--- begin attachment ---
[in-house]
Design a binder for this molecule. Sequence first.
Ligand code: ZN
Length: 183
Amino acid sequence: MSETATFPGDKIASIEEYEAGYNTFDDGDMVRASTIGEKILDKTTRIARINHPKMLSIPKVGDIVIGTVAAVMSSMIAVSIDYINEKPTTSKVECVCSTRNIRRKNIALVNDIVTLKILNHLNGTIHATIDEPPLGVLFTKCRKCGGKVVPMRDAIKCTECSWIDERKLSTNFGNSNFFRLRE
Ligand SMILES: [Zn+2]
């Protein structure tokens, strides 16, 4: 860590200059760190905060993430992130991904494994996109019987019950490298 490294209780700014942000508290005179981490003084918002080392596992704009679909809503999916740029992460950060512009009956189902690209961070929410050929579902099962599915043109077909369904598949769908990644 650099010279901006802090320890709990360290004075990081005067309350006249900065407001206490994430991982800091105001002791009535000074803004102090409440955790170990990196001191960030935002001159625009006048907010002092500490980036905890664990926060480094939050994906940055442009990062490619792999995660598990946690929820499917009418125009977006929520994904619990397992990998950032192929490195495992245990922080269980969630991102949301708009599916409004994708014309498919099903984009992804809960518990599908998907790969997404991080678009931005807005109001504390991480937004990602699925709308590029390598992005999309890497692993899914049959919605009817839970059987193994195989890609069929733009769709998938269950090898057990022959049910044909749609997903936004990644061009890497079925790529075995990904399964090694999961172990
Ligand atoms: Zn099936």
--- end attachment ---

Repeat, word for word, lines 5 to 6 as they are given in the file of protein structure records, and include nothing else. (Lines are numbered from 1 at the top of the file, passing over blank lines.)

Amino acid sequence: MSETATFPGDKIASIEEYEAGYNTFDDGDMVRASTIGEKILDKTTRIARINHPKMLSIPKVGDIVIGTVAAVMSSMIAVSIDYINEKPTTSKVECVCSTRNIRRKNIALVNDIVTLKILNHLNGTIHATIDEPPLGVLFTKCRKCGGKVVPMRDAIKCTECSWIDERKLSTNFGNSNFFRLRE
Ligand SMILES: [Zn+2]